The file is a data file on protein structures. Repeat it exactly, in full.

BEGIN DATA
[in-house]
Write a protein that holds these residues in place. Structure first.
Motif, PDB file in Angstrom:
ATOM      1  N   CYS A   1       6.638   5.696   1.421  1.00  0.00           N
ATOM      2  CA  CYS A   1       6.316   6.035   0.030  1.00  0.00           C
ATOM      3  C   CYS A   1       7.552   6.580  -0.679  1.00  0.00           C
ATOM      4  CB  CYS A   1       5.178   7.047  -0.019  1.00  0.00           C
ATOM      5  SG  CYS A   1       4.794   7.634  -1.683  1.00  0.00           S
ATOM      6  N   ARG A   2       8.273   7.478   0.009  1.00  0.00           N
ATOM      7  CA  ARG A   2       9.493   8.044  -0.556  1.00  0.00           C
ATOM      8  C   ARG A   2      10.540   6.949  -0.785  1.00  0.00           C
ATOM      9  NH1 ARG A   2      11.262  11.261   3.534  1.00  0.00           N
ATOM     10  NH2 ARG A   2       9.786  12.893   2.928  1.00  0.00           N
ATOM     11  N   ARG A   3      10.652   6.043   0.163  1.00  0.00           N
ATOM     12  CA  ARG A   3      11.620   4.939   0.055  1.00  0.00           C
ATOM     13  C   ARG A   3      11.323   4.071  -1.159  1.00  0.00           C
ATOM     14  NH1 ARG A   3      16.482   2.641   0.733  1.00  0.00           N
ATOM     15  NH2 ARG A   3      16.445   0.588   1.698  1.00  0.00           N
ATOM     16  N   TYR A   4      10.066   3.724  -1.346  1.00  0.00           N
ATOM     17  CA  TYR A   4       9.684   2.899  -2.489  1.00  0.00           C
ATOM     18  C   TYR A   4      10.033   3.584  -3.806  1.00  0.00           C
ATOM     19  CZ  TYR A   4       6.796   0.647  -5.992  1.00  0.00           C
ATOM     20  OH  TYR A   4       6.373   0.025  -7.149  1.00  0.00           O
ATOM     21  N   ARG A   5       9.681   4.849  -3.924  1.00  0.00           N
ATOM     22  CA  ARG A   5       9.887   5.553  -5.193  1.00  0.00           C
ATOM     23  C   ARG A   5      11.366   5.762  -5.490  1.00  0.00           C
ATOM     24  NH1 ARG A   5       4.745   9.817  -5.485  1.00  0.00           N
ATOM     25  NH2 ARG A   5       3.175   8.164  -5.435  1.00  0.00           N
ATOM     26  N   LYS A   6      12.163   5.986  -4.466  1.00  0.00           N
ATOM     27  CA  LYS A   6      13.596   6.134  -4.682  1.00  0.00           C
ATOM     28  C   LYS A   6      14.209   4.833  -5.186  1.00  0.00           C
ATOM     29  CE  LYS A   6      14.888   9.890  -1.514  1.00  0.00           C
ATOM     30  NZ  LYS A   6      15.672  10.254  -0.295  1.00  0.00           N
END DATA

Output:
[in-house]
Write a protein that holds these residues in place. Structure first.
Motif, PDB file in Angstrom:
ATOM      1  N   CYS A   1       6.638   5.696   1.421  1.00  0.00           N
ATOM      2  CA  CYS A   1       6.316   6.035   0.030  1.00  0.00           C
ATOM      3  C   CYS A   1       7.552   6.580  -0.679  1.00  0.00           C
ATOM      4  CB  CYS A   1       5.178   7.047  -0.019  1.00  0.00           C
ATOM      5  SG  CYS A   1       4.794   7.634  -1.683  1.00  0.00           S
ATOM      6  N   ARG A   2       8.273   7.478   0.009  1.00  0.00           N
ATOM      7  CA  ARG A   2       9.493   8.044  -0.556  1.00  0.00           C
ATOM      8  C   ARG A   2      10.540   6.949  -0.785  1.00  0.00           C
ATOM      9  NH1 ARG A   2      11.262  11.261   3.534  1.00  0.00           N
ATOM     10  NH2 ARG A   2       9.786  12.893   2.928  1.00  0.00           N
ATOM     11  N   ARG A   3      10.652   6.043   0.163  1.00  0.00           N
ATOM     12  CA  ARG A   3      11.620   4.939   0.055  1.00  0.00           C
ATOM     13  C   ARG A   3      11.323   4.071  -1.159  1.00  0.00           C
ATOM     14  NH1 ARG A   3      16.482   2.641   0.733  1.00  0.00           N
ATOM     15  NH2 ARG A   3      16.445   0.588   1.698  1.00  0.00           N
ATOM     16  N   TYR A   4      10.066   3.724  -1.346  1.00  0.00           N
ATOM     17  CA  TYR A   4       9.684   2.899  -2.489  1.00  0.00           C
ATOM     18  C   TYR A   4      10.033   3.584  -3.806  1.00  0.00           C
ATOM     19  CZ  TYR A   4       6.796   0.647  -5.992  1.00  0.00           C
ATOM     20  OH  TYR A   4       6.373   0.025  -7.149  1.00  0.00           O
ATOM     21  N   ARG A   5       9.681   4.849  -3.924  1.00  0.00           N
ATOM     22  CA  ARG A   5       9.887   5.553  -5.193  1.00  0.00           C
ATOM     23  C   ARG A   5      11.366   5.762  -5.490  1.00  0.00           C
ATOM     24  NH1 ARG A   5       4.745   9.817  -5.485  1.00  0.00           N
ATOM     25  NH2 ARG A   5       3.175   8.164  -5.435  1.00  0.00           N
ATOM     26  N   LYS A   6      12.163   5.986  -4.466  1.00  0.00           N
ATOM     27  CA  LYS A   6      13.596   6.134  -4.682  1.00  0.00           C
ATOM     28  C   LYS A   6      14.209   4.833  -5.186  1.00  0.00           C
ATOM     29  CE  LYS A   6      14.888   9.890  -1.514  1.00  0.00           C
ATOM     30  NZ  LYS A   6      15.672  10.254  -0.295  1.00  0.00           N